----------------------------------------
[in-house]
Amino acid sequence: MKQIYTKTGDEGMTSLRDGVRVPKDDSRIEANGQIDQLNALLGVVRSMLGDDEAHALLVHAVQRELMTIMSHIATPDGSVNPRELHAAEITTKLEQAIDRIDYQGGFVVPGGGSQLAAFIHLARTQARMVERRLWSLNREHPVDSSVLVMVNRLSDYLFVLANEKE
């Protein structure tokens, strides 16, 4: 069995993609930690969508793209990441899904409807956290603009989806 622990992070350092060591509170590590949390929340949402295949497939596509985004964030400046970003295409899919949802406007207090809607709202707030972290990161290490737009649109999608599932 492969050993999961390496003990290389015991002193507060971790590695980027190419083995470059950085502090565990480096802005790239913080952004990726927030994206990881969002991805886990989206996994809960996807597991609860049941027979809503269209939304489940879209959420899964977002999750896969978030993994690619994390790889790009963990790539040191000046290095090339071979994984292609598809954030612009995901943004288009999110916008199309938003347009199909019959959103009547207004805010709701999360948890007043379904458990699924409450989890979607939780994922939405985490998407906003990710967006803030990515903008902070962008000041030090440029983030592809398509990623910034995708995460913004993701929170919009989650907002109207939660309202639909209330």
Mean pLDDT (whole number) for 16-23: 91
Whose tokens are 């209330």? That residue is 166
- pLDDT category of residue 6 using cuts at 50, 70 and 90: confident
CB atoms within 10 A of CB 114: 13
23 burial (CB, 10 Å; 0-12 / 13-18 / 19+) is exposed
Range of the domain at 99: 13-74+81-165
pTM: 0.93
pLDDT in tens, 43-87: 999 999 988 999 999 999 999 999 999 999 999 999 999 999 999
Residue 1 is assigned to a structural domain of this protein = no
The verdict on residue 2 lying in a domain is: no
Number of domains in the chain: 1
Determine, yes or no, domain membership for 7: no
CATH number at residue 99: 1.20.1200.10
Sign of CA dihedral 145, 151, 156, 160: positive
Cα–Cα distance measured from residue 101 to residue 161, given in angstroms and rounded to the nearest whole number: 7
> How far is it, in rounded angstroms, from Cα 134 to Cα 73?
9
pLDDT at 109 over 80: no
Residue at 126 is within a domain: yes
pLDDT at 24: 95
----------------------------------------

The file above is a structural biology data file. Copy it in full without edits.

[in-house]
Amino acid sequence: MKQIYTKTGDEGMTSLRDGVRVPKDDSRIEANGQIDQLNALLGVVRSMLGDDEAHALLVHAVQRELMTIMSHIATPDGSVNPRELHAAEITTKLEQAIDRIDYQGGFVVPGGGSQLAAFIHLARTQARMVERRLWSLNREHPVDSSVLVMVNRLSDYLFVLANEKE
């Protein structure tokens, strides 16, 4: 069995993609930690969508793209990441899904409807956290603009989806 622990992070350092060591509170590590949390929340949402295949497939596509985004964030400046970003295409899919949802406007207090809607709202707030972290990161290490737009649109999608599932 492969050993999961390496003990290389015991002193507060971790590695980027190419083995470059950085502090565990480096802005790239913080952004990726927030994206990881969002991805886990989206996994809960996807597991609860049941027979809503269209939304489940879209959420899964977002999750896969978030993994690619994390790889790009963990790539040191000046290095090339071979994984292609598809954030612009995901943004288009999110916008199309938003347009199909019959959103009547207004805010709701999360948890007043379904458990699924409450989890979607939780994922939405985490998407906003990710967006803030990515903008902070962008000041030090440029983030592809398509990623910034995708995460913004993701929170919009989650907002109207939660309202639909209330």
Mean pLDDT (whole number) for 16-23: 91
Whose tokens are 């209330």? That residue is 166
- pLDDT category of residue 6 using cuts at 50, 70 and 90: confident
CB atoms within 10 A of CB 114: 13
23 burial (CB, 10 Å; 0-12 / 13-18 / 19+) is exposed
Range of the domain at 99: 13-74+81-165
pTM: 0.93
pLDDT in tens, 43-87: 999 999 988 999 999 999 999 999 999 999 999 999 999 999 999
Residue 1 is assigned to a structural domain of this protein = no
The verdict on residue 2 lying in a domain is: no
Number of domains in the chain: 1
Determine, yes or no, domain membership for 7: no
CATH number at residue 99: 1.20.1200.10
Sign of CA dihedral 145, 151, 156, 160: positive
Cα–Cα distance measured from residue 101 to residue 161, given in angstroms and rounded to the nearest whole number: 7
> How far is it, in rounded angstroms, from Cα 134 to Cα 73?
9
pLDDT at 109 over 80: no
Residue at 126 is within a domain: yes
pLDDT at 24: 95